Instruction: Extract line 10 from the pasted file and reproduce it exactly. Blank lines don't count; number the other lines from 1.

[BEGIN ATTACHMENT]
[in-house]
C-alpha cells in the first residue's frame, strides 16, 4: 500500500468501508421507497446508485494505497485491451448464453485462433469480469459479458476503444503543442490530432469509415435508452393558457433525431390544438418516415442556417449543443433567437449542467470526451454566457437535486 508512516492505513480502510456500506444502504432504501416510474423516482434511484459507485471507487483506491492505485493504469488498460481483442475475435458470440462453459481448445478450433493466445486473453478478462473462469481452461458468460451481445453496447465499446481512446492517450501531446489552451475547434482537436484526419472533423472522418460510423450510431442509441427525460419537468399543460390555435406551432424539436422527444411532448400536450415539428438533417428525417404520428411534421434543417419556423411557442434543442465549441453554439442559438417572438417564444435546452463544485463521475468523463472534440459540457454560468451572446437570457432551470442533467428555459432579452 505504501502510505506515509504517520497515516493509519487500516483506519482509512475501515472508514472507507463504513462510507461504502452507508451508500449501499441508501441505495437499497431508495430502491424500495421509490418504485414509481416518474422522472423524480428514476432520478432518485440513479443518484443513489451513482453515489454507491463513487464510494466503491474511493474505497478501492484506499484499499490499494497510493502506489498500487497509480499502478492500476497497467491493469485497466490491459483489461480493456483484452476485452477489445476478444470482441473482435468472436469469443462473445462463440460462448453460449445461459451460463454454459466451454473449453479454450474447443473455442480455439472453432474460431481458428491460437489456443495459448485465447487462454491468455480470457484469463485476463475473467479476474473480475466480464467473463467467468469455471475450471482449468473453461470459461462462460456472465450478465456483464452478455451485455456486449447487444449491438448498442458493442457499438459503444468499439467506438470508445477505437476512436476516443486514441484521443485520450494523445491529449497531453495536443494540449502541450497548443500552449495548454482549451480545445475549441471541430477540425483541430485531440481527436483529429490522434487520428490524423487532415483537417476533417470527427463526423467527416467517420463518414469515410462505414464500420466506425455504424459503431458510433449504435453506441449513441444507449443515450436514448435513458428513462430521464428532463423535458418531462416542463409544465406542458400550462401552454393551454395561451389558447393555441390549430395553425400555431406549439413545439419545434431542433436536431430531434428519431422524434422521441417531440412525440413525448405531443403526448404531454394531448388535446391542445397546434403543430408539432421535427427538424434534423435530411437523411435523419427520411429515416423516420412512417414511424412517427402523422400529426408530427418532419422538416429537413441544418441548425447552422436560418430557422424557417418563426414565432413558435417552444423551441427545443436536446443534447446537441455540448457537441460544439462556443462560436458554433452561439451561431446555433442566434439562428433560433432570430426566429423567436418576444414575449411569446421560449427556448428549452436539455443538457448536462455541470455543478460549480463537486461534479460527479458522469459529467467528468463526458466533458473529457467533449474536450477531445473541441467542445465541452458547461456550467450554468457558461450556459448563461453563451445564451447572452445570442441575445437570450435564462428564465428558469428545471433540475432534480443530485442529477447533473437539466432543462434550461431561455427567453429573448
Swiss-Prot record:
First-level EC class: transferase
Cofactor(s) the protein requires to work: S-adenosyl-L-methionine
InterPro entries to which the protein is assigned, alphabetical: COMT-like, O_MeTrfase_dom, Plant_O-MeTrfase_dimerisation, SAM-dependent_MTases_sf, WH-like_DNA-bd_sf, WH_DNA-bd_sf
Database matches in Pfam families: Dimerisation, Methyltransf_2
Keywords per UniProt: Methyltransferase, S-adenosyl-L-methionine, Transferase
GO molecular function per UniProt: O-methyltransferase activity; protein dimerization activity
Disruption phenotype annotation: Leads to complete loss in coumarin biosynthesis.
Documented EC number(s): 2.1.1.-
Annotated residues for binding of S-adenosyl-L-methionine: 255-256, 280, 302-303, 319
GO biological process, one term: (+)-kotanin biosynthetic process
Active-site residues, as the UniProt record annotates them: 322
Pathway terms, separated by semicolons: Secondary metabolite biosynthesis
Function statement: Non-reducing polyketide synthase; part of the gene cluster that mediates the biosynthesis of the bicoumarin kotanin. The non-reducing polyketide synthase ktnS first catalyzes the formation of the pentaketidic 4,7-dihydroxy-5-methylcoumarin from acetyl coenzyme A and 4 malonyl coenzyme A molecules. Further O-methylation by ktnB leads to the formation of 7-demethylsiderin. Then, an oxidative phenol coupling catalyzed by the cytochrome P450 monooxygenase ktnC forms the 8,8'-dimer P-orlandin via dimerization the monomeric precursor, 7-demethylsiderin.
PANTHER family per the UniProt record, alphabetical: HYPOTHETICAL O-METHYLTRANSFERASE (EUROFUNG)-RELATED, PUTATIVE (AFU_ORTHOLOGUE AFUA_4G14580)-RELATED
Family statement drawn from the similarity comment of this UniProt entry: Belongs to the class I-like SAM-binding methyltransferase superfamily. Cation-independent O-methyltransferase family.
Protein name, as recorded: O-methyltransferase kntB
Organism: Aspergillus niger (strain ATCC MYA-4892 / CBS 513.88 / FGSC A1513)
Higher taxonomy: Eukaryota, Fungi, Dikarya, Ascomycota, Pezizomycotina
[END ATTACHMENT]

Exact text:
Disruption phenotype annotation: Leads to complete loss in coumarin biosynthesis.